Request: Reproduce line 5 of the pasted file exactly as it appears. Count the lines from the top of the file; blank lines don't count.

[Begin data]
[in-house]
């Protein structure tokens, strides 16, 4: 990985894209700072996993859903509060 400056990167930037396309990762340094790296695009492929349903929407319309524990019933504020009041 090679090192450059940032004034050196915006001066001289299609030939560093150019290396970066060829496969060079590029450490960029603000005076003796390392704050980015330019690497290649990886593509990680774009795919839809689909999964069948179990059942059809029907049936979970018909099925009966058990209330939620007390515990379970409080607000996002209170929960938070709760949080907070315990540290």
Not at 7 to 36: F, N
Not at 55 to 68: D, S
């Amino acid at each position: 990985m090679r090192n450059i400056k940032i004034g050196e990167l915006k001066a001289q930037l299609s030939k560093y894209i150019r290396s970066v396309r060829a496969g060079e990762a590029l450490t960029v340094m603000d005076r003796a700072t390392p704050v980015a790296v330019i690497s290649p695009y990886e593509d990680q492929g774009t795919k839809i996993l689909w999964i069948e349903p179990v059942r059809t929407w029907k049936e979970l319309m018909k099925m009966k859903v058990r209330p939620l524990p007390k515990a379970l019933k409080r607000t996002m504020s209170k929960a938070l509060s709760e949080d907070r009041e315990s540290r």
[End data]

């Amino acid at each position: 990985m090679r090192n450059i400056k940032i004034g050196e990167l915006k001066a001289q930037l299609s030939k560093y894209i150019r290396s970066v396309r060829a496969g060079e990762a590029l450490t960029v340094m603000d005076r003796a700072t390392p704050v980015a790296v330019i690497s290649p695009y990886e593509d990680q492929g774009t795919k839809i996993l689909w999964i069948e349903p179990v059942r059809t929407w029907k049936e979970l319309m018909k099925m009966k859903v058990r209330p939620l524990p007390k515990a379970l019933k409080r607000t996002m504020s209170k929960a938070l509060s709760e949080d907070r009041e315990s540290r």